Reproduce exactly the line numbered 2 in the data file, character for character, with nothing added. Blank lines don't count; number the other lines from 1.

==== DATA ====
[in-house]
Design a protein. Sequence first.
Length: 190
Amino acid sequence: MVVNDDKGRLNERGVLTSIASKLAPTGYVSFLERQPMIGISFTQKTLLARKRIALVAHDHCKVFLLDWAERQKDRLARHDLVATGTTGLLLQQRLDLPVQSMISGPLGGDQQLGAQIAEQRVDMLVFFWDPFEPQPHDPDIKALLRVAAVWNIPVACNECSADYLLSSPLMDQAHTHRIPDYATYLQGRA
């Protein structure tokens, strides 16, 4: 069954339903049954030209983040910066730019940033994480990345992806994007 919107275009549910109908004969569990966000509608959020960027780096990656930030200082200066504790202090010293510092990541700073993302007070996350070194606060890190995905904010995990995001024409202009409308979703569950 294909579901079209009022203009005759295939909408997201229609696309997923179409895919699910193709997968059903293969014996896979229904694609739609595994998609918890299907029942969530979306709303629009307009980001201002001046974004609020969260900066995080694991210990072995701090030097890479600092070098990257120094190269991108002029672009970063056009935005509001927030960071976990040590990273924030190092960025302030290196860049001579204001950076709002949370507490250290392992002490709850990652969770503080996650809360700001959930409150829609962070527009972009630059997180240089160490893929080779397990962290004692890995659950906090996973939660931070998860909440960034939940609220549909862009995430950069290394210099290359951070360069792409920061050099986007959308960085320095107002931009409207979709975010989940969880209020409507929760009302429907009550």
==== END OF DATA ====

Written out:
Design a protein. Sequence first.